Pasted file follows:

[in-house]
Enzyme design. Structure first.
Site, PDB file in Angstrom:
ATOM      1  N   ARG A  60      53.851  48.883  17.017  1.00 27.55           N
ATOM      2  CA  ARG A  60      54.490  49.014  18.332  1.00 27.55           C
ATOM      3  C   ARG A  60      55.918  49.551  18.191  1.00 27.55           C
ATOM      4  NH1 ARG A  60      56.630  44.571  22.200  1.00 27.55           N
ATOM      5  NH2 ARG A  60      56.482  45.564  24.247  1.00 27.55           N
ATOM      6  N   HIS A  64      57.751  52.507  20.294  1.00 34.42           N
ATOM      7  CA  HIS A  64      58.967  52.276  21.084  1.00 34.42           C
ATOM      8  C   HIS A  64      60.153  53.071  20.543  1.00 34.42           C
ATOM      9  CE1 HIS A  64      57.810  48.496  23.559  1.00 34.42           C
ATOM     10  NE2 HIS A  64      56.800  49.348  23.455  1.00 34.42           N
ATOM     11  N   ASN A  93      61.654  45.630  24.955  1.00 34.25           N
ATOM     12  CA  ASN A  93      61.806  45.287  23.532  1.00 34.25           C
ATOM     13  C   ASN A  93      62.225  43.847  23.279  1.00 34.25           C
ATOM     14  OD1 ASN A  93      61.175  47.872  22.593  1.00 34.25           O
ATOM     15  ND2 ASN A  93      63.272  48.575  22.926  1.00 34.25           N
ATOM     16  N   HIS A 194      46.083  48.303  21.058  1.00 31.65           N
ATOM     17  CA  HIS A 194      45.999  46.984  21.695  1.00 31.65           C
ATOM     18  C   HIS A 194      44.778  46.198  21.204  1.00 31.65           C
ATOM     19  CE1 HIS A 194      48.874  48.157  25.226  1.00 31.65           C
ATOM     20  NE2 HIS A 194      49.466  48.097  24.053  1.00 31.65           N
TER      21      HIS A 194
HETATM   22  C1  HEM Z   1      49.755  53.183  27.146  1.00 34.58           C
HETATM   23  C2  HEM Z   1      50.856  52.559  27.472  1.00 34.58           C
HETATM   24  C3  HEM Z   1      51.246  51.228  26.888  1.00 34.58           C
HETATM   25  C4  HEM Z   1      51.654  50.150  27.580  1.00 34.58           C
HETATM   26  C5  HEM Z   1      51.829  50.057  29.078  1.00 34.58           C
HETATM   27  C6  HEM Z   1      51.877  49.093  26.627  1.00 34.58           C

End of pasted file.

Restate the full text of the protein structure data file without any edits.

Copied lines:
[in-house]
Enzyme design. Structure first.
Site, PDB file in Angstrom:
ATOM      1  N   ARG A  60      53.851  48.883  17.017  1.00 27.55           N
ATOM      2  CA  ARG A  60      54.490  49.014  18.332  1.00 27.55           C
ATOM      3  C   ARG A  60      55.918  49.551  18.191  1.00 27.55           C
ATOM      4  NH1 ARG A  60      56.630  44.571  22.200  1.00 27.55           N
ATOM      5  NH2 ARG A  60      56.482  45.564  24.247  1.00 27.55           N
ATOM      6  N   HIS A  64      57.751  52.507  20.294  1.00 34.42           N
ATOM      7  CA  HIS A  64      58.967  52.276  21.084  1.00 34.42           C
ATOM      8  C   HIS A  64      60.153  53.071  20.543  1.00 34.42           C
ATOM      9  CE1 HIS A  64      57.810  48.496  23.559  1.00 34.42           C
ATOM     10  NE2 HIS A  64      56.800  49.348  23.455  1.00 34.42           N
ATOM     11  N   ASN A  93      61.654  45.630  24.955  1.00 34.25           N
ATOM     12  CA  ASN A  93      61.806  45.287  23.532  1.00 34.25           C
ATOM     13  C   ASN A  93      62.225  43.847  23.279  1.00 34.25           C
ATOM     14  OD1 ASN A  93      61.175  47.872  22.593  1.00 34.25           O
ATOM     15  ND2 ASN A  93      63.272  48.575  22.926  1.00 34.25           N
ATOM     16  N   HIS A 194      46.083  48.303  21.058  1.00 31.65           N
ATOM     17  CA  HIS A 194      45.999  46.984  21.695  1.00 31.65           C
ATOM     18  C   HIS A 194      44.778  46.198  21.204  1.00 31.65           C
ATOM     19  CE1 HIS A 194      48.874  48.157  25.226  1.00 31.65           C
ATOM     20  NE2 HIS A 194      49.466  48.097  24.053  1.00 31.65           N
TER      21      HIS A 194
HETATM   22  C1  HEM Z   1      49.755  53.183  27.146  1.00 34.58           C
HETATM   23  C2  HEM Z   1      50.856  52.559  27.472  1.00 34.58           C
HETATM   24  C3  HEM Z   1      51.246  51.228  26.888  1.00 34.58           C
HETATM   25  C4  HEM Z   1      51.654  50.150  27.580  1.00 34.58           C
HETATM   26  C5  HEM Z   1      51.829  50.057  29.078  1.00 34.58           C
HETATM   27  C6  HEM Z   1      51.877  49.093  26.627  1.00 34.58           C